Postgraduates at the 2021 conference

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The Society for French Studies is keen to support postgraduate research at Masters, MPhil and PhD levels. We warmly invite postgraduate students to present their research at this year's conference (taking place online).

With up to ten different parallel sessions, the annual conference brings together hundreds of researchers in the field of French studies. This is a great opportunity to share your research not only with fellow students but also with more advanced scholars.

Please see the section below for information on presenting your research at the 2021 online conference.

Postgraduate video presentations

To showcase postgraduate research projects at Master's and PhD level we are pleased to invite expressions of interest from postgraduate students to create a short video presentation (in French or English; duration: 5-10 mins) of their project or a key aspect of their research at this year’s virtual meeting of the Society for French Studies, to take place 28-30 June.

Videos may be created using, for example, Power Point - especially if you wish to present your research using slides - but any other software is appropriate as long as the video created is in MP4 format. The pre-recorded videos will be made available to delegates in our virtual conference space throughout the conference. They are therefore not a live presentation, and your attendance will not be required at any particular time. A prize will be awarded for the best submission to replace our annual poster prize this year.

This call is not limited to specific topics, though please outline the topic and/or argument of your proposed video in a short email expressing your interest in this format by 10th June to the Conference Officer, Dr Victoria Turner at the following address: sfsconf2021@gmail.com. The final video should then be submitted by 20th June.

For further information on the conference, please email the PG Officer Melissa Pawelski: m.pawelski@warwick.ac.uk.

SFS 2021 social media takeover

This year, for the duration of our Annual Conference, our social media channels will be run by Graduates and Postgraduates of the Society. Our Social Media Conference Officers will live-tweet aspects of the conference and engage with members on Twitter and more widely online. Our social media officers are:

Alice Hagopian (@HagopianAlice) graduated from University College Cork with a Bachelor's degree in World Languages. She wrote her final-year dissertation on female-authored French and Catalan mourning narratives. She is currently studying comparative literature at the University of St Andrews as part of the Crossways in Cultural Narratives Erasmus Mundus Master’s programme. Beside French literature, she is particularly interested in feminist, gender, and disability studies.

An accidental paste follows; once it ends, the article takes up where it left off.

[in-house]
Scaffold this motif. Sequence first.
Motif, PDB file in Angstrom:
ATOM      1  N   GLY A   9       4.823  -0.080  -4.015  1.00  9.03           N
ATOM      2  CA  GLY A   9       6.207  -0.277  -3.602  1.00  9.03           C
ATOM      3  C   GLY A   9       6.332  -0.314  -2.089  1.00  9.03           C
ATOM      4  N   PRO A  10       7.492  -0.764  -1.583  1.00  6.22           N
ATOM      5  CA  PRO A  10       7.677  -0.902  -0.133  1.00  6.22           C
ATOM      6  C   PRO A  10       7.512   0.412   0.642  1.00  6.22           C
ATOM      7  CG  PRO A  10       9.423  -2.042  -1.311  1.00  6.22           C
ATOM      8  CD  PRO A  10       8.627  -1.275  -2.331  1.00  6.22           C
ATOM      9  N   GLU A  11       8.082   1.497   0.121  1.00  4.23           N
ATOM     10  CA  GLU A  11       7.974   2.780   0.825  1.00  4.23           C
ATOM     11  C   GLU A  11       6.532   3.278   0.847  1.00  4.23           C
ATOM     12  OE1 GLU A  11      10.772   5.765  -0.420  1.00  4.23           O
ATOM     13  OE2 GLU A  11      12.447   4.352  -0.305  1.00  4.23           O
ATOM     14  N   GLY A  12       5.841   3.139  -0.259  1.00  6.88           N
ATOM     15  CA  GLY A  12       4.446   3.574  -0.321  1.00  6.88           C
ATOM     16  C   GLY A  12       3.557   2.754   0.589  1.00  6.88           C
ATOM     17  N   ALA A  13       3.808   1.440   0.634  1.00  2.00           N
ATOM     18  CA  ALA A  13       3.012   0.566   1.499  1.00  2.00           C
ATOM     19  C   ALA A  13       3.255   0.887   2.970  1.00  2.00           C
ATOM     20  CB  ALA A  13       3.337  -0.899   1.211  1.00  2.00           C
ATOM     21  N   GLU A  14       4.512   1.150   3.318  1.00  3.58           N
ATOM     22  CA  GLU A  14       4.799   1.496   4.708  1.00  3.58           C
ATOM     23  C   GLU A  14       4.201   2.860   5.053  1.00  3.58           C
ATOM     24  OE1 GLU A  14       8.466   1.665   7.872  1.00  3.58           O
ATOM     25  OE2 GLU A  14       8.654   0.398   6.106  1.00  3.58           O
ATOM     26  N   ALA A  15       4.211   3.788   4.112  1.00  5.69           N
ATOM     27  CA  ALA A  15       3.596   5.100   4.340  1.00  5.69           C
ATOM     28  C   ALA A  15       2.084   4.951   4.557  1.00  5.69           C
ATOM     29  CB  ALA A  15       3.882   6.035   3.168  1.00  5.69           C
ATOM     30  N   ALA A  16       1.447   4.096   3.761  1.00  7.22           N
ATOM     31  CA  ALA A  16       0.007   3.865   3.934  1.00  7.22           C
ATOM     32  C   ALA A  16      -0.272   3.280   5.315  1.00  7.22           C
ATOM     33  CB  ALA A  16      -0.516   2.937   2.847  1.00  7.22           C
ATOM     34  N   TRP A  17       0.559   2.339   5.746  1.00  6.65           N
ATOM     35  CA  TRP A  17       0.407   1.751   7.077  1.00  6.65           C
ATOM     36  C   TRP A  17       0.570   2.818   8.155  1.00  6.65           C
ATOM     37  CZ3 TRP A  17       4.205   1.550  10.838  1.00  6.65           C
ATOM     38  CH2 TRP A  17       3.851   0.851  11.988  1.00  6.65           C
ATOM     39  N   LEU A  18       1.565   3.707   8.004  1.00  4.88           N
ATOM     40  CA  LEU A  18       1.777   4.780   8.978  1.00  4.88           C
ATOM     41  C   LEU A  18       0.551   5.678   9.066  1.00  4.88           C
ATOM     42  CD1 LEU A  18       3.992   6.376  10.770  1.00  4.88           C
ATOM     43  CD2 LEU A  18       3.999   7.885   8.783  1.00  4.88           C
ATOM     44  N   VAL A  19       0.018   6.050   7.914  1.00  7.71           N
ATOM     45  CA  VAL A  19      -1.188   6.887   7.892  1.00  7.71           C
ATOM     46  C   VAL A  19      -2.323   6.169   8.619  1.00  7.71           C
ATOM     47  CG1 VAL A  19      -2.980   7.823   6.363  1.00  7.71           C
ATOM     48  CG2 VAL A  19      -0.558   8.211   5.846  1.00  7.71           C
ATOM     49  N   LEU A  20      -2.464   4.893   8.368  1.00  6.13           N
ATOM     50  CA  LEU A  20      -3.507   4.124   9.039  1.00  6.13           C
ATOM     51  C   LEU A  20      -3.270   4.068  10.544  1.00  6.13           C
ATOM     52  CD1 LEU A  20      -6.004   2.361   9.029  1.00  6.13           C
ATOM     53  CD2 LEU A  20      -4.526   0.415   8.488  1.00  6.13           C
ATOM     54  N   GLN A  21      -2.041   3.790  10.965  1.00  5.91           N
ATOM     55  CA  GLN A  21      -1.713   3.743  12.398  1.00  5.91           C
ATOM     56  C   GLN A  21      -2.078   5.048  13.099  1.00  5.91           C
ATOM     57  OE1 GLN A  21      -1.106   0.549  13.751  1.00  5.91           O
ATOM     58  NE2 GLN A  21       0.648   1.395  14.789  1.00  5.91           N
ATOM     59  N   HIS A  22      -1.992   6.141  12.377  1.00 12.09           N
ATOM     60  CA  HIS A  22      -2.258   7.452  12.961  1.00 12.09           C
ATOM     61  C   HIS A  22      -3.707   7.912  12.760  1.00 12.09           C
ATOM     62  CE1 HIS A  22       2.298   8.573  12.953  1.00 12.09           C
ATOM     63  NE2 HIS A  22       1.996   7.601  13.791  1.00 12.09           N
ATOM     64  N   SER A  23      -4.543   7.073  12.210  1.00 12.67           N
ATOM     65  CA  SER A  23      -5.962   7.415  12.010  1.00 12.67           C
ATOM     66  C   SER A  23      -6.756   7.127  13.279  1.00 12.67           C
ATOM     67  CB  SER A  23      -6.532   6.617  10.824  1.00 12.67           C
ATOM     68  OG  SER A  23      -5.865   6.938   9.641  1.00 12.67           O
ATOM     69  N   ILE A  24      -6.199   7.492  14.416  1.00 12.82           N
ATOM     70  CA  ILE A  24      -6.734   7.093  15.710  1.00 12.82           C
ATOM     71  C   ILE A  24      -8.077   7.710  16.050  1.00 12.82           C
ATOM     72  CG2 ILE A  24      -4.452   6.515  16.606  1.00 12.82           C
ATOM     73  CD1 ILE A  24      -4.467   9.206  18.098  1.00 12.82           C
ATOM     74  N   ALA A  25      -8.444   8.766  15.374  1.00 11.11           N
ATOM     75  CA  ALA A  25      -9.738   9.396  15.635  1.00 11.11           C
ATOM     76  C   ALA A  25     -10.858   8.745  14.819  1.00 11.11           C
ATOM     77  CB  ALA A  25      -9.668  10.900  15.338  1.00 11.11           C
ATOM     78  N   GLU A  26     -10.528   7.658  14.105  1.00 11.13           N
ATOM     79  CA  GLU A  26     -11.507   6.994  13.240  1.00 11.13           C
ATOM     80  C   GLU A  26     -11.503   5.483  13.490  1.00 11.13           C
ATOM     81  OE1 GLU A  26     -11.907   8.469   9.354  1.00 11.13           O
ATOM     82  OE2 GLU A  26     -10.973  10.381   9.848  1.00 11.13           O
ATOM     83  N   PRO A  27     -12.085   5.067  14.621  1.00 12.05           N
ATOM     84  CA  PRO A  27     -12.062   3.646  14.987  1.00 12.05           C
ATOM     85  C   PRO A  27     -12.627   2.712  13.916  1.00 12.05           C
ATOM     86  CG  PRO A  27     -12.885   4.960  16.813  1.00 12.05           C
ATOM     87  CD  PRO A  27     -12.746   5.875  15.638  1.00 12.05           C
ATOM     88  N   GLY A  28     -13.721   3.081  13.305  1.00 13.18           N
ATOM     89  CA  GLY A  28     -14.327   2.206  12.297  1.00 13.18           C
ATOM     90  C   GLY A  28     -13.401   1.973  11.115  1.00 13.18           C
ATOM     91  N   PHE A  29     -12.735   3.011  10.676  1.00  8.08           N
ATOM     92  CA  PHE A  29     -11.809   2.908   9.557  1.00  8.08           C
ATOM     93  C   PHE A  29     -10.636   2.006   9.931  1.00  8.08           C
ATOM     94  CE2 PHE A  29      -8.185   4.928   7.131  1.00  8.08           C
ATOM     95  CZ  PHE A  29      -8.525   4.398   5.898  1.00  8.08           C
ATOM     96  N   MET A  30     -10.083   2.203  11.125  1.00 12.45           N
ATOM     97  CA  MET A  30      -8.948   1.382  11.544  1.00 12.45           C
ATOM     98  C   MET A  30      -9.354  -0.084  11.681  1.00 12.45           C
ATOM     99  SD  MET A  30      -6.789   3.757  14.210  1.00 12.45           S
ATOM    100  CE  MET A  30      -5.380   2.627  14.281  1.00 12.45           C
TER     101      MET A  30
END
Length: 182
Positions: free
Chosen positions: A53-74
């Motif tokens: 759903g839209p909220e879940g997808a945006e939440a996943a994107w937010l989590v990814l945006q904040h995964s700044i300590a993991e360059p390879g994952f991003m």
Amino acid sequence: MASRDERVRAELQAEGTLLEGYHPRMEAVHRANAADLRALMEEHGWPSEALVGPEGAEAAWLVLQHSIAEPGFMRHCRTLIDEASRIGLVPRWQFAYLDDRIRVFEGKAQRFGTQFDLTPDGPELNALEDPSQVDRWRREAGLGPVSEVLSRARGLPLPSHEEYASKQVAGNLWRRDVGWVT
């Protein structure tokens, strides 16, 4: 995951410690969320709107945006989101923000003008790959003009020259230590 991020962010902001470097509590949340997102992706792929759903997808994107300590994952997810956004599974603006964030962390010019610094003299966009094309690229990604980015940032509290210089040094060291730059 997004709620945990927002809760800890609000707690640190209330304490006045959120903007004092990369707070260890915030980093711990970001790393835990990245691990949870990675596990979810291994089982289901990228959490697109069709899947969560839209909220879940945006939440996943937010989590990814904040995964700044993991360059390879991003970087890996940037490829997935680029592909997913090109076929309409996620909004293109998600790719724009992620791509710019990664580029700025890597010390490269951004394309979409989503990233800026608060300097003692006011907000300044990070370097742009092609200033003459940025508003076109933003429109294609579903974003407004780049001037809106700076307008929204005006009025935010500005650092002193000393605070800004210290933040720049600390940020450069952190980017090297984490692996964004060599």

Solange Manche (@MancheSolange) is a PhD candidate at the University of Cambridge. She works on contemporary French thought and the relations between the temporalities of finance and individuation. Primarily focussing on the thought of Bernard Stiegler, Catherine Malabou, and Frédéric Lordon, other aspects of her research cover the history of Marxism, the reception of Hegel and Marx in France, and social movements.

Fraser McQueen (@FraserJMcQueen) recently completed a PhD at the University of Stirling, researching representations of Islamophobia and community in contemporary French literature and film. He also has research interests in the literature of the far right, the gendered aspects of Islamophobia, and the so-called contemporary ‘culture wars’ in a transnational context. In September, he will be taking up a position as a maître de langues at the Université de Lorraine.

Melissa Pawelski (@MelissaPawelski) has been serving as the SFS Postgraduate Officer for the last two years. She is currently completing her PhD in French Studies at the University of Warwick. Her project examines the English and German translations of Michel Foucault’s Surveiller et punir. Naissance de la prison (1975) in order to show, through the prism of several key concepts in the book, how the translations significantly differ from the original. Prior to studying translation, she worked on the influence of Foucault’s thought in human geography.

Alexandra Pugh (@allypugh_) is a PhD candidate in the Department of French at King’s College London, supervised by Professor Siobhán McIlvanney and Dr Ros Murray, and funded by the London Arts and Humanities Partnership. She is interested in queer theory, feminism and contemporary literature; her PhD thesis is provisionally entitled 'Reimagining bodies and boundaries through the work of Virginie Despentes: towards a queer-feminist aesthetics'. She has an MSt in Women’s Studies and a BA in History and French, both from the University of Oxford.